Clinical UM Guideline
|Subject:||Iontophoresis for Medical Indications|
|Guideline #:||CG-MED-28||Current Effective Date:||04/16/2013|
|Status:||Reviewed||Last Review Date:||02/14/2013|
Iontophoresis is a method of transdermal local drug delivery using electrical current. A charged ionic drug is placed on the skin with an electrode of the same charge, allowing direct current to drive the drug into the skin. This document addresses the use of iontophoresis as a technique for drug delivery.
Note: Please see the following document for information regarding the use of iontophoresis for hyperhidrosis:
Iontophoresis is considered medically necessary for the administration of local anesthesia prior to a venipuncture or dematologic procedure.
Not Medically Necessary:
The use of iontophoresis is considered not medically necessary for all other indications including, but not limited to, the administration of nonsteroidal anti-inflammatory drugs (NSAIDs) or corticosteroids as treatment for inflammatory musculoskeletal disorders.
The following codes for treatments and procedures applicable to this document are included below for informational purposes. A draft of future ICD-10 Coding (effective 10/01/2014) related to this document, as it might look today, is included below for your reference. Inclusion or exclusion of a procedure, diagnosis or device code(s) does not constitute or imply member coverage or provider reimbursement policy. Please refer to the member's contract benefits in effect at the time of service to determine coverage or non-coverage of these services as it applies to an individual member.
|97033||Application of a modality to one or more areas; iontophoresis, each 15 minutes|
|ICD-10 Diagnosis||ICD-10-CM draft codes; effective 10/01/2014:|
Iontophoresis is a method of transdermal local drug delivery using electrical current. A charged, ionic drug is placed on the skin with an electrode of the same charge, allowing direct current to drive the drug into the skin. Iontophoresis may take advantage of sweat ducts, sebaceous glands, hair follicles, and imperfections in the skin to achieve penetration. Alternatively, electrical potential across the skin could alter its permeability, possibly creating potential-dependent pores in lipid bilayer membranes.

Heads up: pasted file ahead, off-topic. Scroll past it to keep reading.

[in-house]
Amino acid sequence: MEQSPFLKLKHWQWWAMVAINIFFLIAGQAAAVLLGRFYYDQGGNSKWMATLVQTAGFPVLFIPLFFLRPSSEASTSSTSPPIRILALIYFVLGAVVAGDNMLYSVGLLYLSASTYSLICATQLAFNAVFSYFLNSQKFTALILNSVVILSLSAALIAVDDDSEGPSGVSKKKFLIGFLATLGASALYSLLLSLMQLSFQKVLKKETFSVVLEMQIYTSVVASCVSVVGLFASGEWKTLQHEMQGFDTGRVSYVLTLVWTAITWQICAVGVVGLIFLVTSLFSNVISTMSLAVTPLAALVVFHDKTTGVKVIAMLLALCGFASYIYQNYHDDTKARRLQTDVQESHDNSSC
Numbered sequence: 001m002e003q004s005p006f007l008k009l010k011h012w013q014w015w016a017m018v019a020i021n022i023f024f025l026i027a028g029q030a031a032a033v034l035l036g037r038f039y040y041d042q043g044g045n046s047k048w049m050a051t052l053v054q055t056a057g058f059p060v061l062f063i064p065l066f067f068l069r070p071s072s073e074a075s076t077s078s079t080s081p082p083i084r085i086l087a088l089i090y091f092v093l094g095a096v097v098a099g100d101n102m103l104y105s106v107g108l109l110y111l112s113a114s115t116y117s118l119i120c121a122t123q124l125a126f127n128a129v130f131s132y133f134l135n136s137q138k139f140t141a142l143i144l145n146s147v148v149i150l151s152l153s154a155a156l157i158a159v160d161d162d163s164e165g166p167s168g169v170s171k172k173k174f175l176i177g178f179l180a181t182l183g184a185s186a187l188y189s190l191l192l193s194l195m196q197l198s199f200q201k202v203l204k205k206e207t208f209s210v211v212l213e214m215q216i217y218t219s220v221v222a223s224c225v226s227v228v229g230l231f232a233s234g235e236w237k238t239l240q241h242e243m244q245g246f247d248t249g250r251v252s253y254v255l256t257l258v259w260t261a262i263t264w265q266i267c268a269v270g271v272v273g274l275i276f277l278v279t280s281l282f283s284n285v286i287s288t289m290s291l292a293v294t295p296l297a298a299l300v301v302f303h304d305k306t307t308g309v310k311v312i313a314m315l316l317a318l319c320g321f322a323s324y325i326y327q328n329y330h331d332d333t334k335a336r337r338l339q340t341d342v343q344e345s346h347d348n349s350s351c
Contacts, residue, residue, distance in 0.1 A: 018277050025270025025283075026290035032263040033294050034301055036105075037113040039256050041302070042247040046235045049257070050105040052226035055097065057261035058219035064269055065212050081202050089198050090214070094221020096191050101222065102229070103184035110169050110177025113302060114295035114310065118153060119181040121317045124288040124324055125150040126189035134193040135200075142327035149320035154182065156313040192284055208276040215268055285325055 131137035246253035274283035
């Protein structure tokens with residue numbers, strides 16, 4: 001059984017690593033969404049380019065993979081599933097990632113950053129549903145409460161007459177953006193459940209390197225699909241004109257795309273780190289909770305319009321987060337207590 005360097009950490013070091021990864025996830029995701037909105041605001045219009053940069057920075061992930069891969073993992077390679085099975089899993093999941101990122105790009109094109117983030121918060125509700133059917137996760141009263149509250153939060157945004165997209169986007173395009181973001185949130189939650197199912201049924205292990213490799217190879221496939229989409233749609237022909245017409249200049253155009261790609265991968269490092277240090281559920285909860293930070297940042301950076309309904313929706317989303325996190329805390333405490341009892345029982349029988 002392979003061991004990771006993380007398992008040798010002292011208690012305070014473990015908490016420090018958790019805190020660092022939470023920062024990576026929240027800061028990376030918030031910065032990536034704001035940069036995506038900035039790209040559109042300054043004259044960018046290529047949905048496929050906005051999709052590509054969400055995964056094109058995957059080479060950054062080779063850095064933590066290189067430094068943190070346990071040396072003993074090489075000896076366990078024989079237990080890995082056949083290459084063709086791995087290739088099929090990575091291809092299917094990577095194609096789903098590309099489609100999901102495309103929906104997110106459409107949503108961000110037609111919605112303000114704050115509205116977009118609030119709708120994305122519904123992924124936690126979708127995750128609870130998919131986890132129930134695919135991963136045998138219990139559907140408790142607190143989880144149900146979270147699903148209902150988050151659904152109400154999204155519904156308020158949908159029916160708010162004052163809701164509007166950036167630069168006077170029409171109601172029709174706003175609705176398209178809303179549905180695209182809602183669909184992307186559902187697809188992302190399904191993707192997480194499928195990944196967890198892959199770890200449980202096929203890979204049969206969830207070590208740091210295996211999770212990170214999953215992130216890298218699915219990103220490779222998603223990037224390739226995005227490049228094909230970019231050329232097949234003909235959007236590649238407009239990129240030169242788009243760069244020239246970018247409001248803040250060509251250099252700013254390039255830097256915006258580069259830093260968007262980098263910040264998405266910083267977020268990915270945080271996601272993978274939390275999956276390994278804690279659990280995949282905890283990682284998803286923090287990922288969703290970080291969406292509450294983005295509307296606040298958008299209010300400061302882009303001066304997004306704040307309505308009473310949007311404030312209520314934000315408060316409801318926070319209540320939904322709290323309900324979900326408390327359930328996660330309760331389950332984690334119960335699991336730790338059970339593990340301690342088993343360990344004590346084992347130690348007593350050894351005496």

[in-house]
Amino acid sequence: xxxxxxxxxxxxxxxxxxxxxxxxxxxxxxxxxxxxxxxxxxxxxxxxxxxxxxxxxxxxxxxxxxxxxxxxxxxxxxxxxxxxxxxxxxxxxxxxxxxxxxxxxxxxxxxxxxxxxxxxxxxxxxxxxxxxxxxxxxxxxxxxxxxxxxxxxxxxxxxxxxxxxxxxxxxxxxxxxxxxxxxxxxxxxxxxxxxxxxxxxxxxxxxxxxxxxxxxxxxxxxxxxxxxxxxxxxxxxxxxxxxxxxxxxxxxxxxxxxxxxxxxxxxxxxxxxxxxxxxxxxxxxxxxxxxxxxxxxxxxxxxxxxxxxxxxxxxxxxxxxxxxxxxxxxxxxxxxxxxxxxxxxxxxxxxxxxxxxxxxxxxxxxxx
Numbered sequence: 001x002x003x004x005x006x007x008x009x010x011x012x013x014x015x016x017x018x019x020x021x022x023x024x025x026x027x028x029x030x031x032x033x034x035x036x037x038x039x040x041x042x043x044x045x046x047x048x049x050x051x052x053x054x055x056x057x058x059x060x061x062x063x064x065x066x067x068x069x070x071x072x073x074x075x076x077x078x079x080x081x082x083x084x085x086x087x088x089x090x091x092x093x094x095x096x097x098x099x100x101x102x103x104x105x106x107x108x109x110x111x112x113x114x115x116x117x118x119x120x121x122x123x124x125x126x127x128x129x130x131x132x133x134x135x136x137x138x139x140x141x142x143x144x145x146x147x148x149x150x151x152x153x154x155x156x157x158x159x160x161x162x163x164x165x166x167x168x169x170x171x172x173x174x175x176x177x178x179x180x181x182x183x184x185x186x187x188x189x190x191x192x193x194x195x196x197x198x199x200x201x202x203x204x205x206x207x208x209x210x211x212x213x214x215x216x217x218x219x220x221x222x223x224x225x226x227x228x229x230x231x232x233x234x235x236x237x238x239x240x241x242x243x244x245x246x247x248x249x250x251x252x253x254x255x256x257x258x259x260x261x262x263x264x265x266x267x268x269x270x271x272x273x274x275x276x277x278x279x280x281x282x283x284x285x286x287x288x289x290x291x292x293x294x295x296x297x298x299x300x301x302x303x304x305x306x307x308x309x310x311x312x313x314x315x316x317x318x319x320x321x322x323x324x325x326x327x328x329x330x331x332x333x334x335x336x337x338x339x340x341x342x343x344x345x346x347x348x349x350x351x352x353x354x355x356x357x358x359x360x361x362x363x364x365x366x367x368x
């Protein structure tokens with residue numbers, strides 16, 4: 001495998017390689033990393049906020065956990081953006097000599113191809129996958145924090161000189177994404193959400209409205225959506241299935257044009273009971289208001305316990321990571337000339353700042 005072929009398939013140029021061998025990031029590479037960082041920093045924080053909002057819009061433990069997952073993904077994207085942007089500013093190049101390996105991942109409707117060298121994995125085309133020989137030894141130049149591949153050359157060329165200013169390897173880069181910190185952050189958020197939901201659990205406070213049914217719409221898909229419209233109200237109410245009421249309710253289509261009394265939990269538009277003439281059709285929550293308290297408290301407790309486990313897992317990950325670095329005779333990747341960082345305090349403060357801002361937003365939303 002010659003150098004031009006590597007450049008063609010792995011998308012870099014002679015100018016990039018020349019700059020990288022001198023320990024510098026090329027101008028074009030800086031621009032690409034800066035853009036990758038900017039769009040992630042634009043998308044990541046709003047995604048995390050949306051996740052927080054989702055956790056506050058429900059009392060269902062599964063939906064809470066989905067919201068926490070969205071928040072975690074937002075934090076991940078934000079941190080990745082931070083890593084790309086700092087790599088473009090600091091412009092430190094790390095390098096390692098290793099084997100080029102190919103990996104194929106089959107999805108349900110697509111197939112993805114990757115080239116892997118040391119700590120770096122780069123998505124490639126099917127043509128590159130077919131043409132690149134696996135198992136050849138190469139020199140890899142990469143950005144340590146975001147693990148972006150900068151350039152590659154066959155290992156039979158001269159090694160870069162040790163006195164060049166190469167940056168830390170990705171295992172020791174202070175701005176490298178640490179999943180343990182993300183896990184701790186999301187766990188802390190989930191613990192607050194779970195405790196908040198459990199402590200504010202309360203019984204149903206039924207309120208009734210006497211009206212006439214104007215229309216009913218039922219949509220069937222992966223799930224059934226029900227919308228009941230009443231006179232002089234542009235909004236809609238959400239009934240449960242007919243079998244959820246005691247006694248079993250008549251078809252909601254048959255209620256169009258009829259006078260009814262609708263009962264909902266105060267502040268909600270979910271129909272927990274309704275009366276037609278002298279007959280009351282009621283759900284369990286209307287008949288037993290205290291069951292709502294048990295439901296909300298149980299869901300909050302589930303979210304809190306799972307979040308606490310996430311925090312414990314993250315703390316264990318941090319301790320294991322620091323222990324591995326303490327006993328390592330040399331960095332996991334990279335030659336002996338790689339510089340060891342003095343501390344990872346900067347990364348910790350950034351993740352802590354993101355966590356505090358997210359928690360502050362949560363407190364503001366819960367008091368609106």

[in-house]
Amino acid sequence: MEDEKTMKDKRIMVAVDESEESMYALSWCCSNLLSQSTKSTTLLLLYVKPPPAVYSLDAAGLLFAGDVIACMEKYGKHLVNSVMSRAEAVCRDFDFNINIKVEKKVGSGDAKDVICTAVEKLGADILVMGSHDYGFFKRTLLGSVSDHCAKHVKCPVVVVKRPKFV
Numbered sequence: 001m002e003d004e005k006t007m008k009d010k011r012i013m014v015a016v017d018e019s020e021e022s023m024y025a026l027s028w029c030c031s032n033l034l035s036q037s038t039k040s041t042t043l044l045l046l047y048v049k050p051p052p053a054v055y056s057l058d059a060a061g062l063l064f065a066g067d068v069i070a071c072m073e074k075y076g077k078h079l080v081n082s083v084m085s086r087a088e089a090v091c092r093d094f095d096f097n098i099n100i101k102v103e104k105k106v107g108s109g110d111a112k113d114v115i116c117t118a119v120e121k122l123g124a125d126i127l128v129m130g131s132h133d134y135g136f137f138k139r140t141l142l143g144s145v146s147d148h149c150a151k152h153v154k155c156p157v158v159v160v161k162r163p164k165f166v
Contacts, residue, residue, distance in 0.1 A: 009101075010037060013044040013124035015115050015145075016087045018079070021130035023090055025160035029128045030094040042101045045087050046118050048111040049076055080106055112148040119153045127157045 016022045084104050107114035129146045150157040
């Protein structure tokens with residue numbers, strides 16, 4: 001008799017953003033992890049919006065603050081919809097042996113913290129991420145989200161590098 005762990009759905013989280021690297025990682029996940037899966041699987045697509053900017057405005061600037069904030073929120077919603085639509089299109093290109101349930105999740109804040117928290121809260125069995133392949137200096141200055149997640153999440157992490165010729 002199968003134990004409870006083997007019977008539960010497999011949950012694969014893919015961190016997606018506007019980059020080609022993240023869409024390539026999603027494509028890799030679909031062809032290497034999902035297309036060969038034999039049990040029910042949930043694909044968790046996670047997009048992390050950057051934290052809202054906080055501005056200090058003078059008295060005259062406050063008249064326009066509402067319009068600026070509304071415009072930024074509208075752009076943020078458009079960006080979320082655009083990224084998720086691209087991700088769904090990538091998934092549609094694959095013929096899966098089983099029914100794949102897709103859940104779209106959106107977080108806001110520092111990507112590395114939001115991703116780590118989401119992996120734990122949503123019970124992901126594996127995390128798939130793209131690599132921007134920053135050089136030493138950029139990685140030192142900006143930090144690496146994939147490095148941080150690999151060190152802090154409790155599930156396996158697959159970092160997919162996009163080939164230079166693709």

Iontophoresis has been proposed for numerous uses including the delivery of local anesthetic before skin puncture or painful dermal procedures and for local drug delivery for agents including, but not limited to, nonsteroidal anti-inflammatory drugs (NSAIDs), corticosteroids for musculoskeletal inflammatory disorders, or verapamil for the treatment of Peyronie's disease. Overall, the results published in the peer-reviewed medical literature are from small, randomized, placebo-controlled trials and non-randomized, retrospective studies. These results, reported as treatment outcome measurements, do not support the iontophoretic application of NSAIDs, corticosteroids, or other drugs for the treatment of carpal tunnel syndrome (Amirjani, 2009; Gurcay, 2012), epicondylitis (Nirschl, 2003), intractable central pain (Vranken, 2005), migraine headache (Pierce, 2010), onychomycosis (Amichai, 2010), plantar fasciitis (Allison, 2006), tendonitis (Leduc, 2003; Neeter, 2003), trapezial-metacarpal joint arthritis (Jain, 2010), or verapamil for the treatment of Peyronie's disease (Bennett, 2007; Greenfield, 2007).
The U.S. Food and Drug Administration (FDA) has granted 510(k) clearance for a number of iontophoresis devices to "introduce ions of soluble salts or other drugs into the body." The FDA prohibits labeling or promoting their use with specific drugs prior to the FDA having approved the drugs for iontophoretic administration (FDA, 2008).
Peer Reviewed Publications:
Government Agency, Medical Society, and Other Authoritative Publications
|Reviewed||02/14/2013||Medical Policy & Technology Assessment Committee (MPTAC) review. Updated Discussion and References. Removed Index.|
|Reviewed||02/16/2012||MPTAC review. Updated References.|
|Reviewed||02/17/2011||MPTAC review. Updated Discussion, Coding, and References.|
|Reviewed||02/25/2010||MPTAC review. Updated Discussion and References. Removed sections: Place of Service and Discharge Plans.|
|Reviewed||02/26/2009||MPTAC review. Updated References.|
|Reviewed||02/21/2008||MPTAC review. Updated Discussion and References.|
|Revised||03/08/2007||MPTAC review. Clinical Indications revised/clarified. Discussion, References and Coding updated.|
|New||03/23/2006||MPTAC initial document development.|
Last Review Date
|Memo 1192||Iontophoresis for Medical Indications|
|WellPoint Health Networks, Inc.|